What Should You Do When You’re Being Harassed at Work?

Written by: Micah Norris
Guest Contributor
<micah@king-rom.com>


Picture of a professional woman in front of an office building. Article discusses how women should deal with harassment at work.

The average man who works full-time brings in $61,417 per year, but the average full-time female worker only brings in $50,982. In addition to battling the wage gap, approximately 1 out of every 4 women experience some form of workplace harassment – and many of these incidents are never reported. If you’re dealing with workplace harassment, whether minor or severe, you might be unsure how to cope. Each situation requires a unique approach, but here are some general tips presented by eCareerCoaching.com that may benefit any professional woman that becomes a victim of harassment at work. 

Document Each Incident when you are harassed

Even if you’ve decided not to report the harassment at the moment, you might decide to take a different approach in the future. For that reason, it’s extremely important that you document each incident while it’s fresh in your memory. You may find it helpful to document the abuse in two different places: on a calendar or in a planner, and in a notebook or digital Word document. 

On your calendar, use brief language or even just initials—for example, “harassment happened today” could be written as “HHT”—to show that an incident occurred. This helps create a visible representation that shows a pattern of how often incidents happen at your job. Describe each incident in detail when you jot it down in your notebook, but stick to the facts. Don’t explain how you feel or add personal insults like “My rude, annoying co-worker” to any of the entries. Here’s an example of something you could add to your harassment journal:

June 19, 2021

11:13 a.m. 

Kevin Smith stated that my pregnancy was going to ruin my career. He said, “You should just have an abortion if you want a future here” and laughed. Ken Johnson overheard this conversation and rolled his eyes at Kevin Smith, but he did not verbally respond. I walked away without responding, and Kevin Smith yelled, “You’re gonna have an ugly baby!” while laughing.

The entry above describes the incident without incorporating personal opinions. This helps a judge or anti-discrimination agency understand the issues you faced if you decide to inform someone about what’s going on at your job.

Control Your Reactions

When someone harasses you, it can be difficult to react calmly or ignore the bully completely. Unfortunately, reacting in anger may jeopardize your employment and make it difficult for supervisors to believe that you’re an innocent victim in this situation. If you choose not to ignore the bully’s inappropriate actions, consider using the same response each time an incident occurs. Here are some examples of things you can say to a bully:

  • “Please do not speak to me like that. I don’t feel it’s appropriate.”
  • “Do not place your hands on me. It makes me uncomfortable.”
  • “Please refrain from asking sexual questions about my personal life. I am happy to discuss any work-related projects you have questions about.”

Depending on the situation, you may also want to threaten to report your coworker to a supervisor. However, this may cause the situation to escalate because some bullies simply enjoy getting a reaction out of their targets. It’s important to remember that should you ever fear for your physical safety, contact the authorities immediately.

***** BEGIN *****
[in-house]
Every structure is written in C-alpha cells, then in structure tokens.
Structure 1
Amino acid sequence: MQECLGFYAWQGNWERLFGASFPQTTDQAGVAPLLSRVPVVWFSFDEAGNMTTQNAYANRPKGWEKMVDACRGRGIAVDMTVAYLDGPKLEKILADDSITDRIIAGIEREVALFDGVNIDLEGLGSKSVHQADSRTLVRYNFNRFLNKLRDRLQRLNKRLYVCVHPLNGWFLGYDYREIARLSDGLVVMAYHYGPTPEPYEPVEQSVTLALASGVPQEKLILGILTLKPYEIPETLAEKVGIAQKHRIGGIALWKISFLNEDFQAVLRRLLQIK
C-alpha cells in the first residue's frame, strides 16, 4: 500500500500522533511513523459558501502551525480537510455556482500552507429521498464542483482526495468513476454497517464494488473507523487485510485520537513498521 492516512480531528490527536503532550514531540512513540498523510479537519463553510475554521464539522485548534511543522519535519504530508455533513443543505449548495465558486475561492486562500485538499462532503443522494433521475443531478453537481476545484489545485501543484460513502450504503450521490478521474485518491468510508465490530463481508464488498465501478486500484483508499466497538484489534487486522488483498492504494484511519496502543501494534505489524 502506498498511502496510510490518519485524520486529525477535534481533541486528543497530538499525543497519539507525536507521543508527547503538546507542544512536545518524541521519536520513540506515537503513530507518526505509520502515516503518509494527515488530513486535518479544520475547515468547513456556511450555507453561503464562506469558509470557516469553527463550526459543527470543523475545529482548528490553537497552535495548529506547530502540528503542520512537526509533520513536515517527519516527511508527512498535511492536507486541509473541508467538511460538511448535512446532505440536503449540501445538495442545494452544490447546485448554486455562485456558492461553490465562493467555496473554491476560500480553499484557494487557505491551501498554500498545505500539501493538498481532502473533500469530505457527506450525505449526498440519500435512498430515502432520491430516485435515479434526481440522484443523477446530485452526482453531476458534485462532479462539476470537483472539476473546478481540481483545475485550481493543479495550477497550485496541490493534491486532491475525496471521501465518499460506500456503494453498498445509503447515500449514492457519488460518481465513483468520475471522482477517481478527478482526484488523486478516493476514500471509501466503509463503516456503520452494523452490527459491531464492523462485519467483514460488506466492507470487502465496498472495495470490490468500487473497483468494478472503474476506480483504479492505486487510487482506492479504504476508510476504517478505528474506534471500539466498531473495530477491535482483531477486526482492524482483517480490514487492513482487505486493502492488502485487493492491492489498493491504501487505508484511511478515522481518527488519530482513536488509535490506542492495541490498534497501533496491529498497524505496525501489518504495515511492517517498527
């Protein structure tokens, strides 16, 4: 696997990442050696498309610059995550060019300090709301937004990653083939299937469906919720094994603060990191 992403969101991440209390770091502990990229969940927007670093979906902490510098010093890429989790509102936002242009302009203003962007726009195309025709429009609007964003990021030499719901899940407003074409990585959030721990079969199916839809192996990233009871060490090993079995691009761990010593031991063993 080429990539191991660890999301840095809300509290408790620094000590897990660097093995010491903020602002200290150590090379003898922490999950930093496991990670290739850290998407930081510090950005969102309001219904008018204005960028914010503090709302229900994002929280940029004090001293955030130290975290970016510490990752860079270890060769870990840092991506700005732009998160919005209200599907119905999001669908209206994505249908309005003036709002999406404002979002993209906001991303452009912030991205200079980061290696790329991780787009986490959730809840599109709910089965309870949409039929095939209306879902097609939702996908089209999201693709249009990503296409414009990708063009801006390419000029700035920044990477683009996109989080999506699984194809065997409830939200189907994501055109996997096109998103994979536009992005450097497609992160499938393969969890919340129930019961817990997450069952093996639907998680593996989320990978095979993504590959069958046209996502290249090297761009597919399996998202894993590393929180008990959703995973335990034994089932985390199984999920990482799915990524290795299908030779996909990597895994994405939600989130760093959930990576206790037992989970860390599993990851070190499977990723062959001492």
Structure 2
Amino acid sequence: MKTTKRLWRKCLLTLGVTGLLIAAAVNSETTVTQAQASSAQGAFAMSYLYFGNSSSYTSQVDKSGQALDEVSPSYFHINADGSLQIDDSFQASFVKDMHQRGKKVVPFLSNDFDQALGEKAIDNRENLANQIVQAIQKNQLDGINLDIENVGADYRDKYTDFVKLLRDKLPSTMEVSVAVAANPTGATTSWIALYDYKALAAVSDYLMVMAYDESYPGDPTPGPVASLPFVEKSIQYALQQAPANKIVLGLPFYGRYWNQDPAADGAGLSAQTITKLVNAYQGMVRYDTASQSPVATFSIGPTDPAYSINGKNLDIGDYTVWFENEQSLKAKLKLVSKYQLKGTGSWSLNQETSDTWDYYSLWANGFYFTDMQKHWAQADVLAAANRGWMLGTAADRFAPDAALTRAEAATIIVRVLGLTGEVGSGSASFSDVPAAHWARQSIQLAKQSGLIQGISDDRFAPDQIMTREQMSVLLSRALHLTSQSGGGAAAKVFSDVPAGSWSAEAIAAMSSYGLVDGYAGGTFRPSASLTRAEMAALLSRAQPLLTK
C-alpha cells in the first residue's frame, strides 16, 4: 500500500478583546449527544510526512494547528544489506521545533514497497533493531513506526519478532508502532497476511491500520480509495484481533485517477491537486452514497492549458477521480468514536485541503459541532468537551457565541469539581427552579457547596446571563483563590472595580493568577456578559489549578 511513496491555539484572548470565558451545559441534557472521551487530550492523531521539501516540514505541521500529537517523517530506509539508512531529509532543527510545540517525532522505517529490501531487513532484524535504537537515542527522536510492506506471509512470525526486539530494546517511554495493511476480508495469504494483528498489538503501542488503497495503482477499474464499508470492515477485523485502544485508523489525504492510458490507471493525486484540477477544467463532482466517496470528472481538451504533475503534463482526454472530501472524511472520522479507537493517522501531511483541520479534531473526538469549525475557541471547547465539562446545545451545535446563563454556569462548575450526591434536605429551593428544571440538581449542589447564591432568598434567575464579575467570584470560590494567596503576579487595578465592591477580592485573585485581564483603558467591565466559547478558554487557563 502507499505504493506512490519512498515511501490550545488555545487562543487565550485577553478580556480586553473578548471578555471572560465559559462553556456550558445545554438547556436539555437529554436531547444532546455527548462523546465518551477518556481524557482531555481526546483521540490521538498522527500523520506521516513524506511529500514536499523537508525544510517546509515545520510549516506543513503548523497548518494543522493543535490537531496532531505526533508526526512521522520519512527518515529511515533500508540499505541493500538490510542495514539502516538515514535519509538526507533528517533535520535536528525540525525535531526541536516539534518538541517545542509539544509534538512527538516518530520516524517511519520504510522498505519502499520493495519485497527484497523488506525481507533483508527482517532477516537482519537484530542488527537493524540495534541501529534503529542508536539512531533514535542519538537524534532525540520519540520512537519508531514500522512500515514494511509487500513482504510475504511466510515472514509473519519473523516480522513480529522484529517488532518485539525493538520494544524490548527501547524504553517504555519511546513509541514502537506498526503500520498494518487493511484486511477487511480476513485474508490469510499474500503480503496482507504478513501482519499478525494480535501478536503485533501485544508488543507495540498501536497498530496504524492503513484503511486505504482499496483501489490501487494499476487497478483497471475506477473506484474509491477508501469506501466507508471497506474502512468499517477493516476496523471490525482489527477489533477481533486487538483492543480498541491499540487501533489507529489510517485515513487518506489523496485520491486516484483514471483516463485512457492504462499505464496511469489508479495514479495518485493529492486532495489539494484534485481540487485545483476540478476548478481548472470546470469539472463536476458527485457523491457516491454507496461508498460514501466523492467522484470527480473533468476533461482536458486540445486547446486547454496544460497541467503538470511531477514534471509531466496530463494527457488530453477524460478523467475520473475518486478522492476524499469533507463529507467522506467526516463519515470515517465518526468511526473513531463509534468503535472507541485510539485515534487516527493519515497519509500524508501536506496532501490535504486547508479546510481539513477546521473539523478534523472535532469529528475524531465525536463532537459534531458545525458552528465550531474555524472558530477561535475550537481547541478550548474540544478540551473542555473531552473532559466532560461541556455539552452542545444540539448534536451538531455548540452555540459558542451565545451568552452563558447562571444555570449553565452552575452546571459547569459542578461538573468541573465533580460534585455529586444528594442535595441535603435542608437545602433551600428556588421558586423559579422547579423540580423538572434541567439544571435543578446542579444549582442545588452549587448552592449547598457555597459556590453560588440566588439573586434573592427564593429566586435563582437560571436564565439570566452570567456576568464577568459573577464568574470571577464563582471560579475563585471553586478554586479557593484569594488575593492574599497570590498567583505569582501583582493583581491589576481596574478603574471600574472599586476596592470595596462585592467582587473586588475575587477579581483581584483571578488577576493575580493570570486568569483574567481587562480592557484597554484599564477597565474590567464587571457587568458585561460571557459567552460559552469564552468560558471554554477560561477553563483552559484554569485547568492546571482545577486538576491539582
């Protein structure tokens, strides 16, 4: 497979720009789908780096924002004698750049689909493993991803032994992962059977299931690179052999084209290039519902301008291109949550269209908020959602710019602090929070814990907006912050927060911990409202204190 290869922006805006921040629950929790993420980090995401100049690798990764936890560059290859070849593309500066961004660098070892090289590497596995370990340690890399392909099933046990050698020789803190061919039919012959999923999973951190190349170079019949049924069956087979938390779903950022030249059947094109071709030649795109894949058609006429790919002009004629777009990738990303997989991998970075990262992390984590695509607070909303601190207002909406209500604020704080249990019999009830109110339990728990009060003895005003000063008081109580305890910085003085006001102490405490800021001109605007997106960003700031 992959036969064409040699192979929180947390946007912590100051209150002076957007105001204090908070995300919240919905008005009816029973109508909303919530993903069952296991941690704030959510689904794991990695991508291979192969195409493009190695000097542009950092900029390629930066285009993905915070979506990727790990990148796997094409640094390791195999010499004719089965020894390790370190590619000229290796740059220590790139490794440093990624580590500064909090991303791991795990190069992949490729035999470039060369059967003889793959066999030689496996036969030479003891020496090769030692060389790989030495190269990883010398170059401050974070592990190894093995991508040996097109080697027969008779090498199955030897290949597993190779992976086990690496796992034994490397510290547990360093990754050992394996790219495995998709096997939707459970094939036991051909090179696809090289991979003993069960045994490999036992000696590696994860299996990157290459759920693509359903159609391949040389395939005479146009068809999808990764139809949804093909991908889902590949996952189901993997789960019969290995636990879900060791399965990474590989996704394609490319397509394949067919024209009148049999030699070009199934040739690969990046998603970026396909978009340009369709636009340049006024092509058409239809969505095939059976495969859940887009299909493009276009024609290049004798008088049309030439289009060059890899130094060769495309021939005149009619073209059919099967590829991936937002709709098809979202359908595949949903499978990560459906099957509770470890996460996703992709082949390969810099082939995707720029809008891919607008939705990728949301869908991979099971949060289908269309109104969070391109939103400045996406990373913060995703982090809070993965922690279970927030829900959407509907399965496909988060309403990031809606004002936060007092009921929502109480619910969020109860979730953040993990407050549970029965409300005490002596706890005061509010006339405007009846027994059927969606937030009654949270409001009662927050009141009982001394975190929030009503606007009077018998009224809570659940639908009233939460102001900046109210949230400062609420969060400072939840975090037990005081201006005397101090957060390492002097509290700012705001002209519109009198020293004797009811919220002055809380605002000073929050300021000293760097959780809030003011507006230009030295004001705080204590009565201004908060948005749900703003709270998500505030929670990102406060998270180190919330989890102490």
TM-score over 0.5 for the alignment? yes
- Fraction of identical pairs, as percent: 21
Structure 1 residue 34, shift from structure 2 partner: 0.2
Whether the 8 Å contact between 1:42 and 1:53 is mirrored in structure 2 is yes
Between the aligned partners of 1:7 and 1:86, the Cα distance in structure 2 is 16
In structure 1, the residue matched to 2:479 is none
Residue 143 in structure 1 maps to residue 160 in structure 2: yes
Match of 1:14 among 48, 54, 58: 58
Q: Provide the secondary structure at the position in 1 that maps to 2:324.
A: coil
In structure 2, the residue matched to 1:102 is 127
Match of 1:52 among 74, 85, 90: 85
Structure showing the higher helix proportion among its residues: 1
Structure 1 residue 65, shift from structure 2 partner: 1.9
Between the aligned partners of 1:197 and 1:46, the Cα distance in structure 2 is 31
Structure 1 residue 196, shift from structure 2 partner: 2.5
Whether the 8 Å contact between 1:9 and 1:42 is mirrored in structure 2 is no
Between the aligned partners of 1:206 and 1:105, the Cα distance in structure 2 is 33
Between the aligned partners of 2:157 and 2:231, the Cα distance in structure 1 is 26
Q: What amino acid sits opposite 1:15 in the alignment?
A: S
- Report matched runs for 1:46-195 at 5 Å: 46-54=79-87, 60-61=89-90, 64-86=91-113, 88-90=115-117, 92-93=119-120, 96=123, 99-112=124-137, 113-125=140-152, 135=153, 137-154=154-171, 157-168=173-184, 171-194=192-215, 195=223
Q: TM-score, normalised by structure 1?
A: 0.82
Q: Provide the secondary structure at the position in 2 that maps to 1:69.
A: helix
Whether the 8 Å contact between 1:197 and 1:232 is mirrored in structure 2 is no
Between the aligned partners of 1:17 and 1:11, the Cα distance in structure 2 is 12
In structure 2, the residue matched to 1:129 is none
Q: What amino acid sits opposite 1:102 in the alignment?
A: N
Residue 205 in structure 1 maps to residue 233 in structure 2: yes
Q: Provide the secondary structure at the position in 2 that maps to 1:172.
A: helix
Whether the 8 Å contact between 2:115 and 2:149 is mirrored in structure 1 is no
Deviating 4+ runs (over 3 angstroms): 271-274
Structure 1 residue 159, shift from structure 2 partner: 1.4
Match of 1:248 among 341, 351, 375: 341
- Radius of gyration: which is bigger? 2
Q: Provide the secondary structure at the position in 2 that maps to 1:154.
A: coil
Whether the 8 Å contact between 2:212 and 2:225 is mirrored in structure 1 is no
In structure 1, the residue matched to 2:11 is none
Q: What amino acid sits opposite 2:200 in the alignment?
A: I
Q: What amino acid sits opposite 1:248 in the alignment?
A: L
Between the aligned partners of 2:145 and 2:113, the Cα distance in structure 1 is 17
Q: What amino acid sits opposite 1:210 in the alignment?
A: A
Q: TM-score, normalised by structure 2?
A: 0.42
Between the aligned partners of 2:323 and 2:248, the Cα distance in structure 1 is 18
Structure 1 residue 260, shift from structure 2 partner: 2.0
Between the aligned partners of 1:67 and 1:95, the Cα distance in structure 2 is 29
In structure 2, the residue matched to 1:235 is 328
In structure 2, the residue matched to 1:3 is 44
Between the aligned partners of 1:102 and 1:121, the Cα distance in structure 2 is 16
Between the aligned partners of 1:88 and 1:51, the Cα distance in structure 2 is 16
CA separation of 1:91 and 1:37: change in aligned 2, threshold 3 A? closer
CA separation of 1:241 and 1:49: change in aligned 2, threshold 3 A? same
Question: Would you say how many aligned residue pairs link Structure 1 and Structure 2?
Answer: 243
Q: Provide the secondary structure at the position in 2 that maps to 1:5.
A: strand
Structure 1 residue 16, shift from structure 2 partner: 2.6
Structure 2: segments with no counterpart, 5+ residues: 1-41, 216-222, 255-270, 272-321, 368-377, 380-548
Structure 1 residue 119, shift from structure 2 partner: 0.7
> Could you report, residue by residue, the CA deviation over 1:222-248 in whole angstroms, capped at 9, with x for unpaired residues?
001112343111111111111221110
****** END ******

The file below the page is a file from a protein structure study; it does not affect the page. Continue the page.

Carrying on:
Utilize Vacation Time

Harassment that continues for an extended period of time can make you dread coming to your place of employment. You may feel physically and emotionally drained. Nobody should have to work under these conditions, so consider taking some time off from work to develop a plan of action and restore your emotional health.

If you speak with a mental health professional, avoid your company’s EAP because the information you share might not be confidential. It’s important that you only discuss the incidents with a trusted source until you decide how to handle workplace harassment. Although this may seem counterintuitive, avoid telling coworkers as well, since this can be considered gossip or even slander if the incidents haven’t been proven.

As you develop your plan of action, decide whether you want to speak with a supervisor. If the harassment is coming from your boss, then you might want to skip this step and speak with someone from the human resources department instead. If that doesn’t go well or you feel it won’t help your situation, you may want to meet with a lawyer to decide how to proceed. Speaking to someone from a government agency, such as the US Equal Employment Opportunity Commission, may also help.

Break Free

If you decide that you can’t stay at your current job due to the ongoing harassment, it is time to seek a new employer. Use a free resume builder to update your resume. This will help you stand out in a crowded field of candidates.

Another solution many women pursue is to start their own venture. If you’re thinking about becoming an entrepreneur, be sure to cover your business essentials first: create a practical budget, develop a sound business plan, and register your business with your state. You might decide on a sole proprietorship for simplicity’s sake, or, in the interest of protecting personal assets, an LLC. Just look up how to form an LLC online so you understand the ins and outs related to establishing the latter.

You have the legal right to work in a healthy environment free of harassment. If workplace harassment is affecting your career, try the steps above to alleviate the situation.

Remember, you deserve better!



This article is brought to you by eCareerCoaching.com, where we specialize in business resumes and career progression coaching. For more information about our services, please visit us today!


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